“Midnight Ramblin’ Blues,” one of the ten songs comprising The Teledynes’ debut EP, titled simply enough The Teledynes, comes swinging out of the gate with a swagger that is a bit of a signature element in this talented band’s rockabilly sound. Much like the rebellious “Crazy Train” and “Ain’t Going Back,” “Midnight Ramblin’ Blues” shows off the versatility, and moreover, the sheer agility that this band is able to produce when they’re deep in a jam.

“Way out West” has a burning groove that slams us up against the wall before coming apart into a countrified flex of the band’s sonic muscle. The eclectic surfer “September” is a total hybrid, but it doesn’t sound like any of the watered-down experiments that I’ve been hearing out of so-called “crossover” indie acts this summer at all. This band knows who they are, and they’ve got no problem giving us everything they’ve got in this extended play.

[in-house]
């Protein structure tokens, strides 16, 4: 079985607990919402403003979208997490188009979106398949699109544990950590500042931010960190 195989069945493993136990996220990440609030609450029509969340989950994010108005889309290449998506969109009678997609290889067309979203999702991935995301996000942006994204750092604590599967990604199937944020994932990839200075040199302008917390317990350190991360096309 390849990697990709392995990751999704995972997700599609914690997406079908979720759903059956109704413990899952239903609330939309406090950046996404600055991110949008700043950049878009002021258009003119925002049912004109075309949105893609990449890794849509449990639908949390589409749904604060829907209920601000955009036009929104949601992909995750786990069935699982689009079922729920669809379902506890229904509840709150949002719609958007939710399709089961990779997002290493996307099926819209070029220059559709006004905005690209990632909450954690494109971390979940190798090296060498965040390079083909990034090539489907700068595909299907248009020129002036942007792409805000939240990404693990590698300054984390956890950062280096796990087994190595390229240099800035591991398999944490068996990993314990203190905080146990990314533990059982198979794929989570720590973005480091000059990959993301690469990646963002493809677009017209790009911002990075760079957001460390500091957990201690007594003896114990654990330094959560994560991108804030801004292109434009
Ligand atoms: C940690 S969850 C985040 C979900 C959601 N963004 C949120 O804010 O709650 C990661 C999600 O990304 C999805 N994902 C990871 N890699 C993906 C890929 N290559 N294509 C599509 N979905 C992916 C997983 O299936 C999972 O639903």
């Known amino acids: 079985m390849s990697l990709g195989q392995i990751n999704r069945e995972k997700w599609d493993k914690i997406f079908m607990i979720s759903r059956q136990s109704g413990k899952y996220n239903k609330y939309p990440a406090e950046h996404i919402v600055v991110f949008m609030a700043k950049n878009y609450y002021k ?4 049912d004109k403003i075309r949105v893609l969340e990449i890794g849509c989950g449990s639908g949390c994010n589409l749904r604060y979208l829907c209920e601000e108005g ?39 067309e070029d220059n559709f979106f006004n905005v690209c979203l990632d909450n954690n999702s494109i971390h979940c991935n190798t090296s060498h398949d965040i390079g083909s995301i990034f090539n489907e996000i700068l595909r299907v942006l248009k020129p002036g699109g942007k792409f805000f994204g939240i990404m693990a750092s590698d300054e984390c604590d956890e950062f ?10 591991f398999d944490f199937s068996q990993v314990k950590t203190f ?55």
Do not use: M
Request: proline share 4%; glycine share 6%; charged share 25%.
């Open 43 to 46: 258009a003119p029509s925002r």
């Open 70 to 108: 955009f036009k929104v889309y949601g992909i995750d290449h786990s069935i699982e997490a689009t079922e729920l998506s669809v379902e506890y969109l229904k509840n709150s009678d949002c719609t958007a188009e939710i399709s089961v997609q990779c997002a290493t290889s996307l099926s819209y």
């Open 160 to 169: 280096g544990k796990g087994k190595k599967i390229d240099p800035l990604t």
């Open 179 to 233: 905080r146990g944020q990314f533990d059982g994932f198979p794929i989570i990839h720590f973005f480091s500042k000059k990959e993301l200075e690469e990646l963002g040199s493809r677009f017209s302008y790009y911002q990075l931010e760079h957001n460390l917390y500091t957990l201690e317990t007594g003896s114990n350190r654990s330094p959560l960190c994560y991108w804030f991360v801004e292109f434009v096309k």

SOUNDCLOUD: https://soundcloud.com/theteledynes

The bread and butter of this EP is undoubtedly “Rockabilly Bug,” a sort of identity track that closes out The Teledynes on an optimistic note. Along with “Callin’ on the Devil,” I think that this song is probably the most radio-friendly of any in this tracklist.. Tracks like “Cohaagen” have too much of a razor-sharp edginess for mainstream alternative singles to keep up with, which is likely the reason why you’d sooner hear these songs on college radio than you ever would the commercialized mainstream. Which , in my book, is a good thing!

If “‘47 Cadillac” doesn’t have you twisting and shouting like it’s the birth of rock n’ roll all over again, then you can rest assured that something on The Teledynes’ virgin studio record most definitely will, as it’s packed with more thrills than the average rollercoaster ride and ready to soundtrack your summer. Rockabilly buffs who had feared that the year would leave them in the lurch needn’t worry any longer; this band has got your rocking rhythm needs covered, and my gut tells me this is only the first gem that we’ll see bearing their moniker in the years to come.

Sebastian Cole